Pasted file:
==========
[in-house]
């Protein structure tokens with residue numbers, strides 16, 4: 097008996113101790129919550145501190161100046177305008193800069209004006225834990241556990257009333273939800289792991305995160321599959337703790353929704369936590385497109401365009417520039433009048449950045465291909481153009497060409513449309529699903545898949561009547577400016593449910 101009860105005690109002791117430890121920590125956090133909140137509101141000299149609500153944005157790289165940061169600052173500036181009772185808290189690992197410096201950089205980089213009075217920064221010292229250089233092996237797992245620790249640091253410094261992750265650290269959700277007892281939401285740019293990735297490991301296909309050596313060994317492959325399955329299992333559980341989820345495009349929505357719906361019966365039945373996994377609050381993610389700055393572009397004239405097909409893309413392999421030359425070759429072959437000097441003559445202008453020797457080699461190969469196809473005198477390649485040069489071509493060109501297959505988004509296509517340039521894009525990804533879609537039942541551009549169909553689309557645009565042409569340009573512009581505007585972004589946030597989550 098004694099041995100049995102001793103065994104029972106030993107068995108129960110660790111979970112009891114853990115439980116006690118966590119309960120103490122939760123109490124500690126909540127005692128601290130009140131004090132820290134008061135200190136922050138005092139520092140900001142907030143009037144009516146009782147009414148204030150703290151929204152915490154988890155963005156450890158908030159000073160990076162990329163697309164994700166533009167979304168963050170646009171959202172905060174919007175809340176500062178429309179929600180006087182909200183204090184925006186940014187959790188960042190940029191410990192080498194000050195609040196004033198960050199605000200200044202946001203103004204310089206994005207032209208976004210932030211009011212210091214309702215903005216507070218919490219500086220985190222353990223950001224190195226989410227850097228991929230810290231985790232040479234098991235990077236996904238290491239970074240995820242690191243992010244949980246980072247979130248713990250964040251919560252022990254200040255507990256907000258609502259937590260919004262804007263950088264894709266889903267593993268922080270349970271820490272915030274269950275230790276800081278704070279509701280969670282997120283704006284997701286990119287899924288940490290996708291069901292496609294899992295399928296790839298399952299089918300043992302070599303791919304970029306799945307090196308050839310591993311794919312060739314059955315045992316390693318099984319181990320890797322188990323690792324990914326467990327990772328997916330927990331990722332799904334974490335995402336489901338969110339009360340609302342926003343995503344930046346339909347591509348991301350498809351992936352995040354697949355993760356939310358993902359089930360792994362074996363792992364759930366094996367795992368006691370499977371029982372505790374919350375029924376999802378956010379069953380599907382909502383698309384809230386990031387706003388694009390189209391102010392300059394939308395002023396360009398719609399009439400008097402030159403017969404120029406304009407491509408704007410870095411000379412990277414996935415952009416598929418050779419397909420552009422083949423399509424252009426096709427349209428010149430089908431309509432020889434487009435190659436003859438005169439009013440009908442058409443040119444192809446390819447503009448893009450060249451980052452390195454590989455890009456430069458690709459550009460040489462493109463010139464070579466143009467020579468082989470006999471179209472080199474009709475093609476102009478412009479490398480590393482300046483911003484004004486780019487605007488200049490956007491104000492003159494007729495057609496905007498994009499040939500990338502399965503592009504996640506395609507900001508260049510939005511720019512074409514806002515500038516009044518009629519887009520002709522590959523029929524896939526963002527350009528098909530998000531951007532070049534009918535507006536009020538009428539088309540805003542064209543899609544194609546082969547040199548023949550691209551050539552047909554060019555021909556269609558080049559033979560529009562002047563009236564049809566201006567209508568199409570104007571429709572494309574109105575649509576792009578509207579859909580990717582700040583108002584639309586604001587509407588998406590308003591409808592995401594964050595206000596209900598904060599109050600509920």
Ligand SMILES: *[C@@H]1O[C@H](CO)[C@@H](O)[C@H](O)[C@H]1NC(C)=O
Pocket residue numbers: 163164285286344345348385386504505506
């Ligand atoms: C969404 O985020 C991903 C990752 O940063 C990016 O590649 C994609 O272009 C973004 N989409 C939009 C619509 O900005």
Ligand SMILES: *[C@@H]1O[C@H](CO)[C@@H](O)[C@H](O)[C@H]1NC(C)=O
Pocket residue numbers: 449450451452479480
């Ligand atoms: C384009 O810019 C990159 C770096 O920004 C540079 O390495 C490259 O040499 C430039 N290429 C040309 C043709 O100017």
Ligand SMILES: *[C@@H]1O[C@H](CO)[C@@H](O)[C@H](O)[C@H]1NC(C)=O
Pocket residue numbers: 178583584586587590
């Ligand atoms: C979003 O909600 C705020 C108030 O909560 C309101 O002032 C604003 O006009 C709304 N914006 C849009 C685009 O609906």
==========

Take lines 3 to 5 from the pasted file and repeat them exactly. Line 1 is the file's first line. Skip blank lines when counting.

Ligand SMILES: *[C@@H]1O[C@H](CO)[C@@H](O)[C@H](O)[C@H]1NC(C)=O
Pocket residue numbers: 163164285286344345348385386504505506
């Ligand atoms: C969404 O985020 C991903 C990752 O940063 C990016 O590649 C994609 O272009 C973004 N989409 C939009 C619509 O900005």